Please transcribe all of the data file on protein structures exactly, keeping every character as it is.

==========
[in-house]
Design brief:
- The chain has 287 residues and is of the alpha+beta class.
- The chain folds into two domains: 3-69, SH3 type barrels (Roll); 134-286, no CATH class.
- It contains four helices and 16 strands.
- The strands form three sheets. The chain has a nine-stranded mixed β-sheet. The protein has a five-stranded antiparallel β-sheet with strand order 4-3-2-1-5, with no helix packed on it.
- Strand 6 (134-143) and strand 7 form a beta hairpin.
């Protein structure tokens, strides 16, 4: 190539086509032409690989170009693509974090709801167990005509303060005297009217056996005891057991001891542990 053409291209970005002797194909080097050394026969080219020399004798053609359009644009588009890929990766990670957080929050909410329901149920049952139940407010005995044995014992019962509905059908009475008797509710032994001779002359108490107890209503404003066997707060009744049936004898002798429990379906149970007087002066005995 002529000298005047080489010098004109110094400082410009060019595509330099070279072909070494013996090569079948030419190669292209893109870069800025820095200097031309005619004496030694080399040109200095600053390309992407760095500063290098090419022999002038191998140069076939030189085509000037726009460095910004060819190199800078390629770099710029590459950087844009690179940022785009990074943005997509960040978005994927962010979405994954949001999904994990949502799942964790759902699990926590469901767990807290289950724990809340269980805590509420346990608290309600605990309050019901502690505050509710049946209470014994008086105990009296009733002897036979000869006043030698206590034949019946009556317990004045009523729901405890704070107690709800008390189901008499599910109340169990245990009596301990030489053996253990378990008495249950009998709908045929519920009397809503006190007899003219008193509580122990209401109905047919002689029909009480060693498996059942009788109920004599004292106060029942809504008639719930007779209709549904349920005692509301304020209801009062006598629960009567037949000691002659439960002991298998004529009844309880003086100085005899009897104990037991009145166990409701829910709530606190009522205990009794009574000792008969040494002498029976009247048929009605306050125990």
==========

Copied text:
[in-house]
Design brief:
- The chain has 287 residues and is of the alpha+beta class.
- The chain folds into two domains: 3-69, SH3 type barrels (Roll); 134-286, no CATH class.
- It contains four helices and 16 strands.
- The strands form three sheets. The chain has a nine-stranded mixed β-sheet. The protein has a five-stranded antiparallel β-sheet with strand order 4-3-2-1-5, with no helix packed on it.
- Strand 6 (134-143) and strand 7 form a beta hairpin.
């Protein structure tokens, strides 16, 4: 190539086509032409690989170009693509974090709801167990005509303060005297009217056996005891057991001891542990 053409291209970005002797194909080097050394026969080219020399004798053609359009644009588009890929990766990670957080929050909410329901149920049952139940407010005995044995014992019962509905059908009475008797509710032994001779002359108490107890209503404003066997707060009744049936004898002798429990379906149970007087002066005995 002529000298005047080489010098004109110094400082410009060019595509330099070279072909070494013996090569079948030419190669292209893109870069800025820095200097031309005619004496030694080399040109200095600053390309992407760095500063290098090419022999002038191998140069076939030189085509000037726009460095910004060819190199800078390629770099710029590459950087844009690179940022785009990074943005997509960040978005994927962010979405994954949001999904994990949502799942964790759902699990926590469901767990807290289950724990809340269980805590509420346990608290309600605990309050019901502690505050509710049946209470014994008086105990009296009733002897036979000869006043030698206590034949019946009556317990004045009523729901405890704070107690709800008390189901008499599910109340169990245990009596301990030489053996253990378990008495249950009998709908045929519920009397809503006190007899003219008193509580122990209401109905047919002689029909009480060693498996059942009788109920004599004292106060029942809504008639719930007779209709549904349920005692509301304020209801009062006598629960009567037949000691002659439960002991298998004529009844309880003086100085005899009897104990037991009145166990409701829910709530606190009522205990009794009574000792008969040494002498029976009247048929009605306050125990």